- Modern Standard Yiddish did not naturallly evolve from an array of older dialects, nor is it the most widespread present form of the language. It is a construct based on the smallest of the candidate dialects that figured in what remains a controversial ad hoc normative action. An article on OId Yiddish could certainly be useful, but would likely not be of primary relevance to a discussion of the phonological variation among contemporary Yiddish dialects. --futhark 06:54, 17 July 2006 (UTC)
I think it would be prudent to split this article into seperate ones for Eastern and Western Yiddish, possibly with seperate articles for Poylish, Ukranish, Litvish, and American Yiddish. —The preceding unsigned comment was added by CharlesMartel (talk • contribs) 19:33, 11 February 2007 (UTC).
According to the ISO-639-3 there are two languages, Eastern and Western Yiddish. The consequence is that Yiddish is considered to be a macro language consisting of two languages and yes it makes sense when following the standard to discuss them separately. GerardM (talk) 11:29, 13 December 2007 (UTC)
SY as mother tongue
"it may be noted that modern Standard Yiddish is not used by mother-tongue speakers": I very much like your article and agree with the thrust of this statement and the paragraph that includes it; however, it is factually incorrect. I would change to ". . . used by very few mother-tongue speakers." Zackarysholemberger 05:13, 22 February 2007 (UTC)
Never with exceptions
The passage "omething which, with the exception of regulation in the Soviet Union, has never applied to Yiddish" יז רעסיר רידיכיאלאס! never with an exception is not never! it שould be changed.126.96.36.199 23:26, 23 February 2007 (UTC)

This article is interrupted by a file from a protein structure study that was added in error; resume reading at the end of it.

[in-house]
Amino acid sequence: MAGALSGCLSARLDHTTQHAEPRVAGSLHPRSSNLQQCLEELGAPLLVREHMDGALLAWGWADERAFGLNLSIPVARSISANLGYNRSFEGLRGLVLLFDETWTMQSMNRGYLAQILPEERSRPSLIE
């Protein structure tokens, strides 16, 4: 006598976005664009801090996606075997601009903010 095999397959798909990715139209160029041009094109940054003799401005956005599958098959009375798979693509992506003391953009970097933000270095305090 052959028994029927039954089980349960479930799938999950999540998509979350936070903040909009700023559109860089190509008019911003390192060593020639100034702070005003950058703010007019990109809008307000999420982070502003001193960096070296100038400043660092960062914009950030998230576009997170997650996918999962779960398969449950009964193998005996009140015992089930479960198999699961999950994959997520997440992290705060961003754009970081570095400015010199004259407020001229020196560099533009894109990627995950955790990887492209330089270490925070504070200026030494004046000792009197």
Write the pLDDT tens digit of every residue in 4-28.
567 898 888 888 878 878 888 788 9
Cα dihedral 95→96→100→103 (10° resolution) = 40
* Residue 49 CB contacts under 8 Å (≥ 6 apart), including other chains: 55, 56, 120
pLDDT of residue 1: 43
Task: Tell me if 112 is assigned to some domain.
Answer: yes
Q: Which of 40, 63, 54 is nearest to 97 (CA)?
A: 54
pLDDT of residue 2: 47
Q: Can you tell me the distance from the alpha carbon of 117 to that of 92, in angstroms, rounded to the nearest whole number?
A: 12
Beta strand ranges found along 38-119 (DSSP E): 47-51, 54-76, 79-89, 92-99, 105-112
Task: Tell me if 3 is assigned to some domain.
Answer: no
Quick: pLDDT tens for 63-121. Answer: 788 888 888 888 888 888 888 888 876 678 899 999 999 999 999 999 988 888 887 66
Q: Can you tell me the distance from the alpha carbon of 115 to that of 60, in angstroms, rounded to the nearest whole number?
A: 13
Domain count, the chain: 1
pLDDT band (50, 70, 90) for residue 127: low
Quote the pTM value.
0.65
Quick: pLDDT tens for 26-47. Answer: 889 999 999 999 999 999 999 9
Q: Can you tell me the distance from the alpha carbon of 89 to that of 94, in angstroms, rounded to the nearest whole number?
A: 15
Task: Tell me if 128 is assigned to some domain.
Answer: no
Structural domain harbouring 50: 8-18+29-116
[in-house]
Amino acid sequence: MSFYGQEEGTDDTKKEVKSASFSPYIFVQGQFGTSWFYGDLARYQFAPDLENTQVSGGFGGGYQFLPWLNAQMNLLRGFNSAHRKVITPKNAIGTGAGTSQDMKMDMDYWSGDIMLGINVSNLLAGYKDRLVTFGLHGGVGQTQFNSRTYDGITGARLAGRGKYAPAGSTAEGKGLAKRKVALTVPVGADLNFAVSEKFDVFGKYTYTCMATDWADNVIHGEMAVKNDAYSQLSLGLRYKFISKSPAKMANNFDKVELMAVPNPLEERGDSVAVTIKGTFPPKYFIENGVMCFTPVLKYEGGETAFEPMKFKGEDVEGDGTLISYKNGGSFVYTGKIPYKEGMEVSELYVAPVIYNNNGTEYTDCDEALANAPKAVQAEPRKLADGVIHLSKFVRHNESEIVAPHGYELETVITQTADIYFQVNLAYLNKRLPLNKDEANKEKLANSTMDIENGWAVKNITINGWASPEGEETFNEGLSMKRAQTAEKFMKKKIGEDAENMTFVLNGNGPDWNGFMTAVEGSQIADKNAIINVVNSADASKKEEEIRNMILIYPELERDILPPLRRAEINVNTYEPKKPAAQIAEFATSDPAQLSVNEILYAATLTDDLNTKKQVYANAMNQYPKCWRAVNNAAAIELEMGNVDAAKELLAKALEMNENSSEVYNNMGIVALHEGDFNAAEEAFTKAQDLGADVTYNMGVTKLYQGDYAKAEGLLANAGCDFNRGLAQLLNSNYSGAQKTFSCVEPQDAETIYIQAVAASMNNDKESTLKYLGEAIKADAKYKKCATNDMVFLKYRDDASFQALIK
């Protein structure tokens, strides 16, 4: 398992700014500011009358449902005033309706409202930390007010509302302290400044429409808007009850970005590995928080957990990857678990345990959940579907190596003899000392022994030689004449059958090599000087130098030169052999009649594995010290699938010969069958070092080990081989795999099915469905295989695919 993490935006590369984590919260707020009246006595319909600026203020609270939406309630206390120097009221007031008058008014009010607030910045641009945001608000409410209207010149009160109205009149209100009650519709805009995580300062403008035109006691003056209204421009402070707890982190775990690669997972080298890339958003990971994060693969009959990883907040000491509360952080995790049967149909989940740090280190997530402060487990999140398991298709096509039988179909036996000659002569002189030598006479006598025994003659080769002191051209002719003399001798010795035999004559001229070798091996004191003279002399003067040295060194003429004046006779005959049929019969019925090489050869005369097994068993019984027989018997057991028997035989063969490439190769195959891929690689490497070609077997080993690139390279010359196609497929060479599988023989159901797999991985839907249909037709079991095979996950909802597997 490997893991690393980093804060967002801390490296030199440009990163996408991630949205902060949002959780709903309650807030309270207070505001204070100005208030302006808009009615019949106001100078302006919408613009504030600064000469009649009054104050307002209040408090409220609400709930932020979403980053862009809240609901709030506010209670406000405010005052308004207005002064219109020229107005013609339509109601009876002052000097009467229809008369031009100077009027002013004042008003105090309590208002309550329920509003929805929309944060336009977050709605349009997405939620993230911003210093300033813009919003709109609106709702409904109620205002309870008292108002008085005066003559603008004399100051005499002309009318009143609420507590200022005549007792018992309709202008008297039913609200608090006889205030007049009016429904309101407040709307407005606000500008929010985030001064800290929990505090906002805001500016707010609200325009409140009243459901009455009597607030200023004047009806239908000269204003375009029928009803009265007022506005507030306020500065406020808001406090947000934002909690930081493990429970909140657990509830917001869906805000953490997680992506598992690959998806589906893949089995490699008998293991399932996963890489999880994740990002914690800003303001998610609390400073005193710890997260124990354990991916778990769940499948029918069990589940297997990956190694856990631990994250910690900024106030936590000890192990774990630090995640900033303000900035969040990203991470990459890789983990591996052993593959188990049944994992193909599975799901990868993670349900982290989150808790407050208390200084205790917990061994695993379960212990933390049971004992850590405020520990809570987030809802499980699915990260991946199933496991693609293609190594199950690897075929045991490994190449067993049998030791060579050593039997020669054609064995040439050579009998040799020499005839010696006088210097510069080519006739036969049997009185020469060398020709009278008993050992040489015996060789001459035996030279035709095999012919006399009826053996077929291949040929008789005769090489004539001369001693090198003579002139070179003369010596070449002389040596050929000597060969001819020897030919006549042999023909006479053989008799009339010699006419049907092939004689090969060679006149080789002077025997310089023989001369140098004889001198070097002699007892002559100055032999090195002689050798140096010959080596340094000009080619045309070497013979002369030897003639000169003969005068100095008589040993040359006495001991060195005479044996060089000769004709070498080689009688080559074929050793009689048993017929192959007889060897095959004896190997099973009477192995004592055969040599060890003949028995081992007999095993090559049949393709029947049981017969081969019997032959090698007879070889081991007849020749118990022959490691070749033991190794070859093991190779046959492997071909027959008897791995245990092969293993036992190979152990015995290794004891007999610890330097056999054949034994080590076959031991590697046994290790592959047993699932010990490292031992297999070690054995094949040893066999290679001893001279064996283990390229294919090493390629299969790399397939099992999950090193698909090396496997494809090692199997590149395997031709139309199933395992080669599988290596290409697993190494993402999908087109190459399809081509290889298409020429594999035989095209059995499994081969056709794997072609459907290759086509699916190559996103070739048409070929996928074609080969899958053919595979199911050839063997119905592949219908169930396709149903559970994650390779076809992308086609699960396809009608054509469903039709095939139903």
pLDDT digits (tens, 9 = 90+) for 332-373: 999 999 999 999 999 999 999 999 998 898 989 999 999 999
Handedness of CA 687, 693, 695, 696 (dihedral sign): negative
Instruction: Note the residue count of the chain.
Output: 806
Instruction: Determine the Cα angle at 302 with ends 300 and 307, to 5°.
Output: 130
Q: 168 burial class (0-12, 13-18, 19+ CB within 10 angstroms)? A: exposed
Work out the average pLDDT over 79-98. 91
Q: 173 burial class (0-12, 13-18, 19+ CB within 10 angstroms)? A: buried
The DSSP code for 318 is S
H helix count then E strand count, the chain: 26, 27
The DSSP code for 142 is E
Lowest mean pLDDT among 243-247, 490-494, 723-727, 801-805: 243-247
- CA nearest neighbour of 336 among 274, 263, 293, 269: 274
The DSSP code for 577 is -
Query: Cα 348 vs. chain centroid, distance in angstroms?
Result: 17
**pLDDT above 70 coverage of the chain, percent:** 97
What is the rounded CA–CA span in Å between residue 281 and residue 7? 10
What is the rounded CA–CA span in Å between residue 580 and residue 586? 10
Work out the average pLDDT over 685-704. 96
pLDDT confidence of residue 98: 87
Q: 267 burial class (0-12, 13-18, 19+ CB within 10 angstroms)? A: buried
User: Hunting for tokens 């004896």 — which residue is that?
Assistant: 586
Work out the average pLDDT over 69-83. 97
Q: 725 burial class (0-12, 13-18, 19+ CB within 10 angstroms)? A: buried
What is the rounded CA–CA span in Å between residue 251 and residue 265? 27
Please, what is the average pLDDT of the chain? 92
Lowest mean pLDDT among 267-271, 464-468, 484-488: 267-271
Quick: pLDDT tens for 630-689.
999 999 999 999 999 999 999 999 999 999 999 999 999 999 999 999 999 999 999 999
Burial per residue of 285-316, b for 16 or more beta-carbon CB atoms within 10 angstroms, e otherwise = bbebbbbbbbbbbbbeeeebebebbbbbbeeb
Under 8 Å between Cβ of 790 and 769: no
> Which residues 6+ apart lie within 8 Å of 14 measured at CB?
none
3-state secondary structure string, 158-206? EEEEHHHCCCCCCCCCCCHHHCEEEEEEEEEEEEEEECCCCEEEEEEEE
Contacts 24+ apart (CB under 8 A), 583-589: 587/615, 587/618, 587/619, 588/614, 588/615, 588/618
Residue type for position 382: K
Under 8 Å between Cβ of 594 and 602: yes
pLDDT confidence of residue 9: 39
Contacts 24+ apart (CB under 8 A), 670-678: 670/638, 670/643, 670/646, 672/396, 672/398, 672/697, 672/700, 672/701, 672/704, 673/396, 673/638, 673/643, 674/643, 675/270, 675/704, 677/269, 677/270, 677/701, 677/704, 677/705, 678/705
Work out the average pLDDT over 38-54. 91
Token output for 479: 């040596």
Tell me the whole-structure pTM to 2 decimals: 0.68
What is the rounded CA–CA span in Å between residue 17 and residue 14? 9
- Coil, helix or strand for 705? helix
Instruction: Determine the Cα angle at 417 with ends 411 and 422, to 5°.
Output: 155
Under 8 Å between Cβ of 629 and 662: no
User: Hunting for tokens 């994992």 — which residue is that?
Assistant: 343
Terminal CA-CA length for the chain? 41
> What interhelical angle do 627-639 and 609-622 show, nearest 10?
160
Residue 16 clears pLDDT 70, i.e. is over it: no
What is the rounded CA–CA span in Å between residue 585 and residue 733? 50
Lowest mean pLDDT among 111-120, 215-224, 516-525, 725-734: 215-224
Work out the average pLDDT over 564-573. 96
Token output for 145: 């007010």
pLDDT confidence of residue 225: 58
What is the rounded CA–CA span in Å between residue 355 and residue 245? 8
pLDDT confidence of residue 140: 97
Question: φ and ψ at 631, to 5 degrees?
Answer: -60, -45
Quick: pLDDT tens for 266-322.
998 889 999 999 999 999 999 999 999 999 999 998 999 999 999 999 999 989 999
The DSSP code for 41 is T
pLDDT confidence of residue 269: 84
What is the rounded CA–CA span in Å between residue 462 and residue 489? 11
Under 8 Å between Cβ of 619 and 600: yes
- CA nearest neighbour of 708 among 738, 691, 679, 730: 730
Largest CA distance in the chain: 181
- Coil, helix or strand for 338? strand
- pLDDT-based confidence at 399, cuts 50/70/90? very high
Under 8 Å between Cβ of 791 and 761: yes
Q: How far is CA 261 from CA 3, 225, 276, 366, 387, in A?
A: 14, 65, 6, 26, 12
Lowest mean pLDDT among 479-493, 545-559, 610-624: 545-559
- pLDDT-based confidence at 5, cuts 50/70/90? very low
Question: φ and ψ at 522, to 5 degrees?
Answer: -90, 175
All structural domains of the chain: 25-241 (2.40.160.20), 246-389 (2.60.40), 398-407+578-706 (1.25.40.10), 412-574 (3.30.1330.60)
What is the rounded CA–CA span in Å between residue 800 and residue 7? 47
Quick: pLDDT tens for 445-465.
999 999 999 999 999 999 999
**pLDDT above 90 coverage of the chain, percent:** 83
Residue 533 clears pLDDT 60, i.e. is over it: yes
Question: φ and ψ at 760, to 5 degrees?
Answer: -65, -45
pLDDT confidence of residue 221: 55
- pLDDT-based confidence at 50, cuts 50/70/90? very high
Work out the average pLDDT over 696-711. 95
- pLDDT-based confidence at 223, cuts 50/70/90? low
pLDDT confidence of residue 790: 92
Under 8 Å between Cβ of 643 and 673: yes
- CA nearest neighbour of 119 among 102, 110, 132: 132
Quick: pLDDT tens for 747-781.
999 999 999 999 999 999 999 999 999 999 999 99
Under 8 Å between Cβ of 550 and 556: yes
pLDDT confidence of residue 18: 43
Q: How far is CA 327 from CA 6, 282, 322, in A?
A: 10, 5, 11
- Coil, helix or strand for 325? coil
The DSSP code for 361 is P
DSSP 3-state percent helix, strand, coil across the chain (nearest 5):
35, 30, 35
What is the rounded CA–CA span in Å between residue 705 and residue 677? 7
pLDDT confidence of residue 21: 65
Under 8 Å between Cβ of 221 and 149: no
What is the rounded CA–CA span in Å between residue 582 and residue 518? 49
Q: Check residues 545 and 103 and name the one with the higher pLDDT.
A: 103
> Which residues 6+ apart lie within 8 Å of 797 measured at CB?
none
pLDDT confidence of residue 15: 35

This article is supposed to be the place to find information about the differences between the various Yiddish dialects; the biggest amount of variation is in the phonology, but --- apart from some generalisations in the well-known Birnbaum quote --- there is not an iota of phonological information here. I could supply some (someday), but mostly from the perspective of the "Central" (Polish-Galician) variety. Any other ideas? Jakob37 04:25, 24 April 2007 (UTC)
- You might want to take a look at the article on Yiddish phonology. The need for its expansion to be fully descriptive of the phonological attributes of at least the three major Eastern dialects has long been noted, as well as the fact that this would require a good deal of both knowledge and time from an author who has yet to come forward. There has also been extensive discussion about whether the resulting material ought or ought not to be merged with the present article — something which cannot really be determined until the additional material is actually at hand. --Futhark|Talk 05:14, 24 April 2007 (UTC)
What's it called?
"There is also a distinctive Hungarian-Yiddish dialect that is widely spoken by hasidim from the areas of the former Austro-Hungarian Empire that were not absorbed by the Soviet Union after World War II."
- This may or may not help: Dovid Katz's "The Phonology of Ashkenazic" (Hebrew in Ashkenaz - a Language in Exile , ed. by Lewis Glinert, Oxford U.Press, 1993)p.48 mentions a "Southern Transitional Yiddish = Transcarpathian Yiddish, also cf. his article in Besch, W. et al.eds. Dialektologie. Ein Handbuch zur deutschen und allgemeinen Dialektforschung. Berlin & New York: Walter de Gruyter, 1983).Jakob37 (talk) 15:38, 6 October 2009 (UTC)